Null character

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The null character (also null terminator) is a character with the value zero, present in the ASCII and Unicode character sets, and available in nearly all mainstream programming languages. The original meaning of this character was like NOP — when sent to a printer or a terminal, it does nothing (some terminals, however, incorrectly display it as space).

The character has special significance in C and its derivatives, where it serves as a reserved character used to signify the end of strings. The null character is often represented as '\0' in source code (in reality an octal escape sequence). Strings ending in a null character are said to be null-terminated.

This differs from certain other languages (such as Pascal) which store a string as an array preceded by a string length. The main advantage of using a null character is that strings can be of any length, and only one character of additional storage is required. Null-terminated strings can also have efficiency benefits, since operations that traverse a string don't need to keep track of how many characters have been seen, and operations which modify the string's length do not need to update the stored length. Cache performance can also be better.

Conversely, the advantage of storing the string's length is that it is always immediately available in constant time; a program using null-terminated strings must count every character in a string to find the string's length, which requires linear or O(n) time. Also, storing the length allows strings to contain null characters, which can simplify data processing by eliminating exceptions. In null-terminated strings, the first occurring null character is interpreted as the end of the string.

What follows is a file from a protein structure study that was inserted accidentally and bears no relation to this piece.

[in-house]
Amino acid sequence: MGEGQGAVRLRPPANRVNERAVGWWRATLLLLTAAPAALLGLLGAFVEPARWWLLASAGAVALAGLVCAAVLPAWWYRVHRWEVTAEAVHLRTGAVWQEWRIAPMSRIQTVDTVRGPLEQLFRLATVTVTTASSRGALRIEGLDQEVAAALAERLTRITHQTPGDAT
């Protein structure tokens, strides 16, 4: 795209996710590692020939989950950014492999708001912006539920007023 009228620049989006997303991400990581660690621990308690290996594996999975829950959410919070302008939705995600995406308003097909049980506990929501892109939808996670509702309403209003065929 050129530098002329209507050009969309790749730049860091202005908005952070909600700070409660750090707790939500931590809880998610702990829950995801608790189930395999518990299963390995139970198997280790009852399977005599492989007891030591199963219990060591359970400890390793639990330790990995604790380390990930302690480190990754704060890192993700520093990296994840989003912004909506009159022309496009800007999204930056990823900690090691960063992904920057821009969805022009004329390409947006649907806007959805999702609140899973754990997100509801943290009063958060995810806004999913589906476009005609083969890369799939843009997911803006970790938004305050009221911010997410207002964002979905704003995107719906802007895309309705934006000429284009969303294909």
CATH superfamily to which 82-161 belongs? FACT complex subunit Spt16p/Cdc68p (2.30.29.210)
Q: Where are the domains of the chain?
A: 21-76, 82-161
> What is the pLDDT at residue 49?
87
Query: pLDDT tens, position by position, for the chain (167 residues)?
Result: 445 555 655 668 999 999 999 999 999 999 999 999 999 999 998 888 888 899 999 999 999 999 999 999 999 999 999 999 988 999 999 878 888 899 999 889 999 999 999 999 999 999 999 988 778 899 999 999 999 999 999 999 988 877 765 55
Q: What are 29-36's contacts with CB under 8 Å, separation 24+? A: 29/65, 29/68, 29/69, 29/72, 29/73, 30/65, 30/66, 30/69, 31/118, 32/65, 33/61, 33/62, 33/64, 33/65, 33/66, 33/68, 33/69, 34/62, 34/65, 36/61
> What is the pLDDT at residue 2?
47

However, the datatype used to store the length of a string is also important; if the length is stored as a byte, as in Pascal, strings may only be up to 255 characters long! Larger datatypes, on the other hand, take up more space than a null character (a 16-bit number occupies two bytes, and a 32-bit number takes four). In the 1970s, when C was designed, space considerations were much more important than they are at present, which greatly influenced the choice for null-terminated strings.

A byte with all bits set to 0, called the null character, shall exist in the basic execution character set; it is used to terminate a character string literal.
- ANSI/ISO 9899:1990 (the ANSI C standard), section 5.2.1
A string is a contiguous sequence of characters terminated by and including the first null character.
- ANSI/ISO 9899:1990 (the ANSI C standard), section 7.1.1
A null-terminated byte string, or NTBS, is a character sequence whose highest-addressed element with defined content has the value zero (the terminating null character).
- ISO/IEC 14882 (the ISO C++ standard), section 17.3.2.1.3.1
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